Huzzah! It’s the season of the Minnesota Renaissance Festival! We’ve got some tips if you’re thinking about bringing the family.
I’m always a little surprised by how quickly the weather turns in September. During the first couple weeks of school we’ll get daily reminders to send water bottles and then suddenly the messages change to reminders to dress appropriately for cool weather. This is great news for attending the Minnesota Renaissance Festival because my only complaint was the heat. We wandered the festival grounds for a couple hours enjoying ourselves wherever we were. However, we had to cut our visit shorter than we would have liked because of the sun. Already, this week, the weather started to have that subtle feel of autumn. This will make a visit to the festival more comfortable — especially if you choose to wear costumes.
I guess I have always thought of the Minnesota Renaissance Festival as an adult outing, but attending with my kids brought out a whole new side of this festival. Below are my favorite family-friendly activities and few ideas for what we will do next year to make our day even better.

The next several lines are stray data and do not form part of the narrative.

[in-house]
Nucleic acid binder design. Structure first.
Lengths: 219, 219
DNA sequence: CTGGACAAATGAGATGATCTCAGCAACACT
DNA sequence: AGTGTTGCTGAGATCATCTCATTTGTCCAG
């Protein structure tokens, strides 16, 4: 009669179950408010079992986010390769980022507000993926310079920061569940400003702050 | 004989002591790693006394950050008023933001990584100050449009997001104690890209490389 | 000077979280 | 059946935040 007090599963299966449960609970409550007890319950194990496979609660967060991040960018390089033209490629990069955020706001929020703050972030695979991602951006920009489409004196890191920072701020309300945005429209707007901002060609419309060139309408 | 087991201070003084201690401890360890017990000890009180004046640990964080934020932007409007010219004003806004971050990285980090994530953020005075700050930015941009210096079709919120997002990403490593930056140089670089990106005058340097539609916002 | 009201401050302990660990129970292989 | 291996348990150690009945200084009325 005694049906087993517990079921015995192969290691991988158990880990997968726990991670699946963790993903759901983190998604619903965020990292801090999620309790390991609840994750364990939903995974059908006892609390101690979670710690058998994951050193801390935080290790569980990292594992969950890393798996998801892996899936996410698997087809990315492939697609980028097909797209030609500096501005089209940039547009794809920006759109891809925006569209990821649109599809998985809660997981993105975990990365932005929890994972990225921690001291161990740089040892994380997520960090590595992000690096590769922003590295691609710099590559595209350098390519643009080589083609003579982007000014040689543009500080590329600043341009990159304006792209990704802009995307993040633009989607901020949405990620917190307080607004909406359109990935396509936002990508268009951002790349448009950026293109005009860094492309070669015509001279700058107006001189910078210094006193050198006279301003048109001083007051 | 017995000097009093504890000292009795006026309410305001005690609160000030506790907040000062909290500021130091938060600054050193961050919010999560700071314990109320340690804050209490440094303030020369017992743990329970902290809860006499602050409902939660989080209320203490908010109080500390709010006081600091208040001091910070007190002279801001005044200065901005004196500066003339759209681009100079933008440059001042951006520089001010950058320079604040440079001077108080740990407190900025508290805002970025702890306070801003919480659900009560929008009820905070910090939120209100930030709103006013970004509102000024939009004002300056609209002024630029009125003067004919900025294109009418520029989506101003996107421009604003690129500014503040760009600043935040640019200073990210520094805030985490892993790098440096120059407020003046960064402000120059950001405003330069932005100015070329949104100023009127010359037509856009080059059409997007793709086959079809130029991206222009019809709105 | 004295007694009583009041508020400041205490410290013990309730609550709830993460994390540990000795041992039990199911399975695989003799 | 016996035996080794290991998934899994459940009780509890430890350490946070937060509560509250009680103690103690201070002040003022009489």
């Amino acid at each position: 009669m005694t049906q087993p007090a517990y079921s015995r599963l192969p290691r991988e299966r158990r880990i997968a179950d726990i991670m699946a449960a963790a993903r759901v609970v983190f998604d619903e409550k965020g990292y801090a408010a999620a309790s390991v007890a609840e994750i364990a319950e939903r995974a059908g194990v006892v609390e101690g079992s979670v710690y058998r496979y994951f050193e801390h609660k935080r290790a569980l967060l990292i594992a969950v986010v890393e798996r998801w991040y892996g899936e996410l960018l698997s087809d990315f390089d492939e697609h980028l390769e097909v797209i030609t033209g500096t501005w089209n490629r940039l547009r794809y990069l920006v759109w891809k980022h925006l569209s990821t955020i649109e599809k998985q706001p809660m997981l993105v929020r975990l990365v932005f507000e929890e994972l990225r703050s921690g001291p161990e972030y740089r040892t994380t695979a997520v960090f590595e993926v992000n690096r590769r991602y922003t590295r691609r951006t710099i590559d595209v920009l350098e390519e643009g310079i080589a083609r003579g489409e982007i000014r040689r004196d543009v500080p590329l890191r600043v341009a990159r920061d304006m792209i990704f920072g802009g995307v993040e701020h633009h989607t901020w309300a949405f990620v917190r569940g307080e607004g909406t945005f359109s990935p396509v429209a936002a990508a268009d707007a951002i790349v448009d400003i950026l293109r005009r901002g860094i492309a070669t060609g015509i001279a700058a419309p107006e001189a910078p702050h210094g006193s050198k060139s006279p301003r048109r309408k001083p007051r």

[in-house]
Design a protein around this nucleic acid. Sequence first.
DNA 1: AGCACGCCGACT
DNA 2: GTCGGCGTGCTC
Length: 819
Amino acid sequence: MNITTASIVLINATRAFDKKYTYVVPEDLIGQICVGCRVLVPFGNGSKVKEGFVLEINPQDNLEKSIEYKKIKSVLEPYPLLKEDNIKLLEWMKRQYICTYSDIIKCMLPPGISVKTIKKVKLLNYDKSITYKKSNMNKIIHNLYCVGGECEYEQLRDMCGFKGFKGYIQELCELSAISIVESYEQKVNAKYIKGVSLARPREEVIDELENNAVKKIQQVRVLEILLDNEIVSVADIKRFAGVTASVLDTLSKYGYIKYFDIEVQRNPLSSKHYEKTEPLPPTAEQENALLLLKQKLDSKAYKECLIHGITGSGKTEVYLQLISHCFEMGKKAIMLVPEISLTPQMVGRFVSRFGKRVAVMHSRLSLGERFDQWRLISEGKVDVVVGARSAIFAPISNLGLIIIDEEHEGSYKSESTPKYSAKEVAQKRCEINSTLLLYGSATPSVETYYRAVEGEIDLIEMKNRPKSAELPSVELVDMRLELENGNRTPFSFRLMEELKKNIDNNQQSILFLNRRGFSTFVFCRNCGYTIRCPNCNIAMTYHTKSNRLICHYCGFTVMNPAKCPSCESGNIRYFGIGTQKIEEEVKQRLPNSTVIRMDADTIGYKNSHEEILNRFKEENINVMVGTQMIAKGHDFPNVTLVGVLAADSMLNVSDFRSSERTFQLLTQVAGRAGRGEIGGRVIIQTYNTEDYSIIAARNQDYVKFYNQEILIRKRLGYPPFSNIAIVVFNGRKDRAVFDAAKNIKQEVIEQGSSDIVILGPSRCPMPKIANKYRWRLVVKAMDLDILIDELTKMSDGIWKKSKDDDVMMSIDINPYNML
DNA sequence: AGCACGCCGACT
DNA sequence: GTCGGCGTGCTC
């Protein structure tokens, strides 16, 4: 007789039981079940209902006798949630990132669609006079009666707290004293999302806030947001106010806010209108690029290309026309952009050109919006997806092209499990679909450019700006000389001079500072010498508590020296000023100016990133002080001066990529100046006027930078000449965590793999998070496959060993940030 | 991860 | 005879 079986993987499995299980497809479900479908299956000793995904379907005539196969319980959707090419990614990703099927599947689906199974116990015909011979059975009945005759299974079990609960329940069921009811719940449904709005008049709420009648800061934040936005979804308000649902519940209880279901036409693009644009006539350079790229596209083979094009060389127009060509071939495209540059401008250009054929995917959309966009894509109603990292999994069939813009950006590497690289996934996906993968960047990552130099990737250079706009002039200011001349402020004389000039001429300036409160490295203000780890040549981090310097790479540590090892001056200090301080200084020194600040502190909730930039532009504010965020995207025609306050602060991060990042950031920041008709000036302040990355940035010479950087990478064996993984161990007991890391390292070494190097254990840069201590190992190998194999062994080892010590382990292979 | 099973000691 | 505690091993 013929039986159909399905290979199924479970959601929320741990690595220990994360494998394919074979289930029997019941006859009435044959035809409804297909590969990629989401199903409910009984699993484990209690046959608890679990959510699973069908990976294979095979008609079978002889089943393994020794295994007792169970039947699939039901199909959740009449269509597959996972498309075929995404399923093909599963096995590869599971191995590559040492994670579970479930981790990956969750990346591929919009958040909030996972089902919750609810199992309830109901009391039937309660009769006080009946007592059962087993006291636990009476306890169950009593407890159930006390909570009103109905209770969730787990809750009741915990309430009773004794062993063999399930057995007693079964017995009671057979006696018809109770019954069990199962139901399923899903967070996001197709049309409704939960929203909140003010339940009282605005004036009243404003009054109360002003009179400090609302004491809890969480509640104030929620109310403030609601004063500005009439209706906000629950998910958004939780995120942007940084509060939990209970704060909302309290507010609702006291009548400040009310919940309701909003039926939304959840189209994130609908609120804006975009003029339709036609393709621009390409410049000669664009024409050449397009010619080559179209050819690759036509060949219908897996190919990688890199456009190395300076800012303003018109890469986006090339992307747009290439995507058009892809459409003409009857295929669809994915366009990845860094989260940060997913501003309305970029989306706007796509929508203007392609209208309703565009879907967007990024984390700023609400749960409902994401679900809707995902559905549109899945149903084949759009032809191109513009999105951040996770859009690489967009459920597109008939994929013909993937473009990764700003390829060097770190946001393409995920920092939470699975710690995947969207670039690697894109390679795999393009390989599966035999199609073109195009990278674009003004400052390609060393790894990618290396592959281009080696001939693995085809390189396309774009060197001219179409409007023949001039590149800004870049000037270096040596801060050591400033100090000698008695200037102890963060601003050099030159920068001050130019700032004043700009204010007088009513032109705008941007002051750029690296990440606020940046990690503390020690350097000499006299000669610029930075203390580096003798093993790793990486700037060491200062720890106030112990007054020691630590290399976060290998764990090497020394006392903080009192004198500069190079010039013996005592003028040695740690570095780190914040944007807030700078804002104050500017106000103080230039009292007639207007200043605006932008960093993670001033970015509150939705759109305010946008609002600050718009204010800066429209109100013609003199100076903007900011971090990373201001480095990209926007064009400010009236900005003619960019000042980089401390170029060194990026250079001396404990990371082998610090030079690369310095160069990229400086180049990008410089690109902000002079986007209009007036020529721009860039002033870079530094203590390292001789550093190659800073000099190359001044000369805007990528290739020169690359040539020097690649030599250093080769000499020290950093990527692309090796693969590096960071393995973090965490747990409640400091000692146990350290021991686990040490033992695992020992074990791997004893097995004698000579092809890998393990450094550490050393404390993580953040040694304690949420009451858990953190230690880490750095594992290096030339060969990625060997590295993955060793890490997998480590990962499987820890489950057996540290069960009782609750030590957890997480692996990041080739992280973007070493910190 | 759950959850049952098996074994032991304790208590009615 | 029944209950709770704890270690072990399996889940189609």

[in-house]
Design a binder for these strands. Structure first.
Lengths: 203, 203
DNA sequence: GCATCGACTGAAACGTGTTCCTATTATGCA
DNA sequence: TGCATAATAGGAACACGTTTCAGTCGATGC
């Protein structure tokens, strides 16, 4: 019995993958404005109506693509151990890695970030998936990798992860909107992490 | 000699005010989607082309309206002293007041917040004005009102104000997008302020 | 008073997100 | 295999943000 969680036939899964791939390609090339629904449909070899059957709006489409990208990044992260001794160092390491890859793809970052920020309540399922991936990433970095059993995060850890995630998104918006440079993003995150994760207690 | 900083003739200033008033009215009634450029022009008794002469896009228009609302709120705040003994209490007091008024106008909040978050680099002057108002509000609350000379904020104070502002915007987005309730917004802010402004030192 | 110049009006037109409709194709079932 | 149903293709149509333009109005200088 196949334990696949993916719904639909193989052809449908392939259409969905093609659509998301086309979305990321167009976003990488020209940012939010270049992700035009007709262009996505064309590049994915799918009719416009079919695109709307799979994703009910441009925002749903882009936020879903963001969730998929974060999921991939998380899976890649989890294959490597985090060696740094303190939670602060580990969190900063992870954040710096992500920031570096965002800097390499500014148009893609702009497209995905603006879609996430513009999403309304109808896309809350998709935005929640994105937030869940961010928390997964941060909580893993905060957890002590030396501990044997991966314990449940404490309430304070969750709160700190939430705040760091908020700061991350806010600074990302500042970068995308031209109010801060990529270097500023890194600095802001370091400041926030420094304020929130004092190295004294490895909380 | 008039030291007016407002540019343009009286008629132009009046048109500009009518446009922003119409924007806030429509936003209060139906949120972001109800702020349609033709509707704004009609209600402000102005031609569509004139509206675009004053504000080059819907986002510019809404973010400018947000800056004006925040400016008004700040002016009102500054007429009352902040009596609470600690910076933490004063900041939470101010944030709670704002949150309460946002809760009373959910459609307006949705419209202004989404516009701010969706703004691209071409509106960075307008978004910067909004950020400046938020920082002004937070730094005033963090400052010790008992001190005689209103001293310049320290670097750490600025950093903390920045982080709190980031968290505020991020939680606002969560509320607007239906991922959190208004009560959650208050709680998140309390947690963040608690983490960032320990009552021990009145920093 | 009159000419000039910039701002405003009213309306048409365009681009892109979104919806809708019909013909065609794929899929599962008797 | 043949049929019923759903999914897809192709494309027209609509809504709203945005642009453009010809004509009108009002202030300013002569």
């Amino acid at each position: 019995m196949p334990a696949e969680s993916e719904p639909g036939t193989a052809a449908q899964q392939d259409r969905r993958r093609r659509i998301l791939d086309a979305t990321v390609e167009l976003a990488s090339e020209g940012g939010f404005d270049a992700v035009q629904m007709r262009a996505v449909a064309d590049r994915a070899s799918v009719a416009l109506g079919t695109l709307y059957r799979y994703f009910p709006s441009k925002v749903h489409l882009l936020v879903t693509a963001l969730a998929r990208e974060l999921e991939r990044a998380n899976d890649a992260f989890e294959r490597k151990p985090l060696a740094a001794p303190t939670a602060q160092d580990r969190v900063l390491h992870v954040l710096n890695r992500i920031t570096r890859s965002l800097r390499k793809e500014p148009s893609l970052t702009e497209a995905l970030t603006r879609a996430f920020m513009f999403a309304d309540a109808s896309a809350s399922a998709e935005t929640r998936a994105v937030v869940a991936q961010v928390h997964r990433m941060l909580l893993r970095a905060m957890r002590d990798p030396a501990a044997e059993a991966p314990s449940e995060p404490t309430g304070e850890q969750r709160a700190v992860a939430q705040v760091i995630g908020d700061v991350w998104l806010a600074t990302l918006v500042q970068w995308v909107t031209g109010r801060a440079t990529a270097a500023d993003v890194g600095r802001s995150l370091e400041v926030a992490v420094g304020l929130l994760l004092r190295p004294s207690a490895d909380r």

There are some new activities to check out in 2019.
10 Tips for the Minnesota Renaissance Festival for Families
1. Buy your tickets in advance
We recommend buying your tickets in advance online to save about $3 off admission price. This also allows you to bypass the lines at the ticket booths when you arrive. 2019 prices are listed below.
Advanced Admission (purchase online): Adult/$21.95, Child 5-12/$13.50
Season Pass Admission: Adult/$94.95, Child 5-12/$55.95
2. Pick a theme weekend
Want to see the pets? The Vikings? The Highland Games? Pick your weekend to visit based on what appeals most to your family.
3. Dress up!
My daughter and I dressed up simply because she has a dress up box to work from and my loose-fitting maternity dresses translated easily into a gypsy look. I didn’t make my boys dress up, but I truly believe we had more fun and definitely know we got better pictures because we dressed up.
4. Unless necessary, skip the stroller
A stroller may be unavoidable for many, particularly if your family is planning to spend the entire day. But if you think your youngest is up for it, leave the stroller in the car. I was unpleasantly surprised to find how bumpy and uneven the grade of the grounds is. I swear I was pushing the stroller uphill and sideways all day; in fact, could’ve used a stroller myself by the end.
5. Grab a Daily Program/map on your way in and take a few moments to plan a loose strategy